The National Credit Union Administration (NCUA) and the U.S. Treasury Department’s Community Development Financial Institutions Fund, Monday, signed an agreement that will streamline the application process for low-income credit unions to become certified as Community Development Financial Institutions (CDFI).
Credit unions that obtain CDFI certification can access training and competitive award programs provided by the CDFI Fund, and these resources can aid these institutions’ capacity to provide underserved communities with access to safe and affordable financial services.
“This Memorandum of Understanding opens up enormous possibilities for credit unions,” NCUA Board Chairman Debbie Matz said. “By facilitating the CDFI application process and, ultimately, increasing the number of certified CDFI credit unions, we’re laying the foundation for greater access to affordable financial services and more investment in local communities. This will help credit unions better serve members and communities that have been difficult to reach, and that will help more people build wealth and more secure financial futures for themselves and their families.”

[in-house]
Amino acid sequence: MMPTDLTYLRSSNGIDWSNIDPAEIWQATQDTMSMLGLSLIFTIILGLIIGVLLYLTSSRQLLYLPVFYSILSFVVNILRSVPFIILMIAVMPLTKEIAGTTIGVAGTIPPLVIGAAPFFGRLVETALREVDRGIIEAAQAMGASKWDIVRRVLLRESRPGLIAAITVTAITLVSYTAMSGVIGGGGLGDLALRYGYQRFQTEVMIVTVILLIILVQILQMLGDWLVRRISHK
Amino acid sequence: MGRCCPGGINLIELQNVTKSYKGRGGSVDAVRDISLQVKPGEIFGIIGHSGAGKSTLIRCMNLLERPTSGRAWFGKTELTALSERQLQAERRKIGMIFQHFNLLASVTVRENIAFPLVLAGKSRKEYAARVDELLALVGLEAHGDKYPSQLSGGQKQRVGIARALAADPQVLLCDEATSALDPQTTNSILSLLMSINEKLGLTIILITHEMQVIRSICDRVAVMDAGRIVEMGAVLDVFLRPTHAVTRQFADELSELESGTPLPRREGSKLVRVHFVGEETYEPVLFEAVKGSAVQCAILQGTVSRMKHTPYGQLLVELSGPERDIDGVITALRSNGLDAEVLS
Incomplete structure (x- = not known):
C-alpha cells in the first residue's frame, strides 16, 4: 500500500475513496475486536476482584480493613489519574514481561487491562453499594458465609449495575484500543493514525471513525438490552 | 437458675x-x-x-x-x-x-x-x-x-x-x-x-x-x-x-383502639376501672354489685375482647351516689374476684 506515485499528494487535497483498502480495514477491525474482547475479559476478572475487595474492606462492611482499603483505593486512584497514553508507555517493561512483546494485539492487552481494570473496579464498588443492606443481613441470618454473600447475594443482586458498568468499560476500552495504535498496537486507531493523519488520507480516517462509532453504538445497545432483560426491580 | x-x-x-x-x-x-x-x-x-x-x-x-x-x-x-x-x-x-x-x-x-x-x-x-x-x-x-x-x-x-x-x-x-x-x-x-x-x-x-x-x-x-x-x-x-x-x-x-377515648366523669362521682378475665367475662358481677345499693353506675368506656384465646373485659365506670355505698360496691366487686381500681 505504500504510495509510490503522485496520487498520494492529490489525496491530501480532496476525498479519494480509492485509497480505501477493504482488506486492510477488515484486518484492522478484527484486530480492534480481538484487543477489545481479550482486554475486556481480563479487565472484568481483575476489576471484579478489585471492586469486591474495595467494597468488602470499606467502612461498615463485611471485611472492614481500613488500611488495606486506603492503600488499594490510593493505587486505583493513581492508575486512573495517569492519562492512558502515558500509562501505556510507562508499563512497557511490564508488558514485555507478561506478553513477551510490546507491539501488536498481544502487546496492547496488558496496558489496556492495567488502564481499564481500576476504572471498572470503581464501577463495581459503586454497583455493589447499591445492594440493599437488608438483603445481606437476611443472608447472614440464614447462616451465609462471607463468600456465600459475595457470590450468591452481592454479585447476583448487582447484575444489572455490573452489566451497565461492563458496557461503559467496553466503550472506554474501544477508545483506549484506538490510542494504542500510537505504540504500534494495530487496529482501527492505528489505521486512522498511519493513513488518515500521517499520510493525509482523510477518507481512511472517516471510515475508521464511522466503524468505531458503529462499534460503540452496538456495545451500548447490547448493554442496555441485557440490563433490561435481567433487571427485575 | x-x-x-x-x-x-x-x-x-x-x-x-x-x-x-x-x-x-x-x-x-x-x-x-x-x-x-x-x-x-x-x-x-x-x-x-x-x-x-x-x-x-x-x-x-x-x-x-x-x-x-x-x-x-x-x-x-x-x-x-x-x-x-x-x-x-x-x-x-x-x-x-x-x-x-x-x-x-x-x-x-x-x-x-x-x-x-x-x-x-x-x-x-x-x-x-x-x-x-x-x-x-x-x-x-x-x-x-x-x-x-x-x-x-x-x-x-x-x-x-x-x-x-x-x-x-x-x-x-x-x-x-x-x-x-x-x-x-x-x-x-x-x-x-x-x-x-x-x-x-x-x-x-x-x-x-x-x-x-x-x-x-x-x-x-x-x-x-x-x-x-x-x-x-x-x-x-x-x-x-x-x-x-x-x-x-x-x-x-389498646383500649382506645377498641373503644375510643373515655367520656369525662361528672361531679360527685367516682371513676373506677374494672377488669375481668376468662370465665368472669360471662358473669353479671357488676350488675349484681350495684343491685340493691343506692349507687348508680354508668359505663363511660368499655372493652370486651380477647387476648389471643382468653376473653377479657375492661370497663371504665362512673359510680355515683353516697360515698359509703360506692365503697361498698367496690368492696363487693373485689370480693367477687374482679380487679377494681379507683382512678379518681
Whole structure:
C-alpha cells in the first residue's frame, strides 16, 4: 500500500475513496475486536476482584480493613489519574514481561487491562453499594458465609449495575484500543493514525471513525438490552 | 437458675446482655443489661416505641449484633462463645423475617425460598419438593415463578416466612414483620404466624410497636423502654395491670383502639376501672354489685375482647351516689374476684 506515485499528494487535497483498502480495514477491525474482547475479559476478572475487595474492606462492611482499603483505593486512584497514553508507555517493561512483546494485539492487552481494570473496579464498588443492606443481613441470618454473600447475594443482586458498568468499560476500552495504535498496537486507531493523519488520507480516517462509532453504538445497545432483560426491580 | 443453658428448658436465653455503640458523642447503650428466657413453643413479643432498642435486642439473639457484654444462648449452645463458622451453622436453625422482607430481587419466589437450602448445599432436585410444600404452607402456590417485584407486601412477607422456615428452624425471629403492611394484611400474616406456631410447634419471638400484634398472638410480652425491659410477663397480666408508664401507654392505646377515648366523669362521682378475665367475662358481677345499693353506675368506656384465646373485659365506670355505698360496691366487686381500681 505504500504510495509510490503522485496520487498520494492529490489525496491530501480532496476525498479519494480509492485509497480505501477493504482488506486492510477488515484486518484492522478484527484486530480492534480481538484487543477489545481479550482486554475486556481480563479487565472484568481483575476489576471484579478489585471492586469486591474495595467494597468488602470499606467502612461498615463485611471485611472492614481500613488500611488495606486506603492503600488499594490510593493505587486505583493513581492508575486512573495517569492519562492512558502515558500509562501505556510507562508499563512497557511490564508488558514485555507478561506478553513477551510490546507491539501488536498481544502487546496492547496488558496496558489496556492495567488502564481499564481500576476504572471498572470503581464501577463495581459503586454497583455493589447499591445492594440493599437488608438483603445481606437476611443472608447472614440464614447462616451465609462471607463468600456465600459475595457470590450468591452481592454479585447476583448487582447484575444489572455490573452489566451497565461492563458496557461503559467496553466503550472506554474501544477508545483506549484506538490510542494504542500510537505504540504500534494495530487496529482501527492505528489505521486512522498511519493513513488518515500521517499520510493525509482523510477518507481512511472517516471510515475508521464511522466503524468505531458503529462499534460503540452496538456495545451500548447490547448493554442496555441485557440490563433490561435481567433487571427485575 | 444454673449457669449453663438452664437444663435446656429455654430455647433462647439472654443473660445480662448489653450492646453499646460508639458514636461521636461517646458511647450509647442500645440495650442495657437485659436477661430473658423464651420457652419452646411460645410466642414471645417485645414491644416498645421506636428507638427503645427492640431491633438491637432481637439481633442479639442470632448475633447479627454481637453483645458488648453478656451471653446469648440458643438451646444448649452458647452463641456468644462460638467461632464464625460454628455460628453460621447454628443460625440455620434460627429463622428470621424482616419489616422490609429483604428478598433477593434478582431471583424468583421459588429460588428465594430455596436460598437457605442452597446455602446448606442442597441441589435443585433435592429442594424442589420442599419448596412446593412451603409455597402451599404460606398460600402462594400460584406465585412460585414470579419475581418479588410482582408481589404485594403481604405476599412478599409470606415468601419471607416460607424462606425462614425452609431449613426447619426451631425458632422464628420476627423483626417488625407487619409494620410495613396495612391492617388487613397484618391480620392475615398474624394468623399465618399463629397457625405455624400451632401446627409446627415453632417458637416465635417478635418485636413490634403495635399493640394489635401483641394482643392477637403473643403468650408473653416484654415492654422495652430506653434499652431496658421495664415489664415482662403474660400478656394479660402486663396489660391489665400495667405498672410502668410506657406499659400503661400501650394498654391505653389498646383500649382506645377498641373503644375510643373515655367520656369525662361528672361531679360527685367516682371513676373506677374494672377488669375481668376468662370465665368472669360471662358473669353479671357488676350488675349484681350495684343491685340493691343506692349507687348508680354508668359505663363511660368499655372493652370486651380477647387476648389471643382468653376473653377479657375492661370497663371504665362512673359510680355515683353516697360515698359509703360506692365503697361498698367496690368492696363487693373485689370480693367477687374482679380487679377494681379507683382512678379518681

“CDFIs nationwide are making a real difference in low-income communities by providing consumers with safe and affordable financial services and by providing neighborhood businesses with access to capital,” CDFI Fund Director Annie Donovan said. “Many low-income credit unions are already performing this important work, but need more support. By partnering with NCUA to increase the number of credit unions certified as CDFIs, we will not only expand access to the CDFI Fund’s programs but also reach more unbanked and underbanked individuals.”
“We’re looking forward to helping more credit unions become certified as Community Development Financial Institutions,” said William Myers, director of NCUA’s Office of Small Credit Union Initiatives. “We’re going to be able to help credit unions save time and money in the certification process and bring more recognition to what credit unions do so well.”
This action launches a plan with a goal of doubling the number of certified CDFI credit unions by the end of 2016. Increasing the number of certified CDFI credit unions could significantly expand funding that can be used to offer financial services to underbanked low-income individuals and make investments in local businesses, affordable housing, and community facilities.
There are currently 295 credit unions certified as CDFIs. The majority of these also hold NCUA’s low-income credit union designation.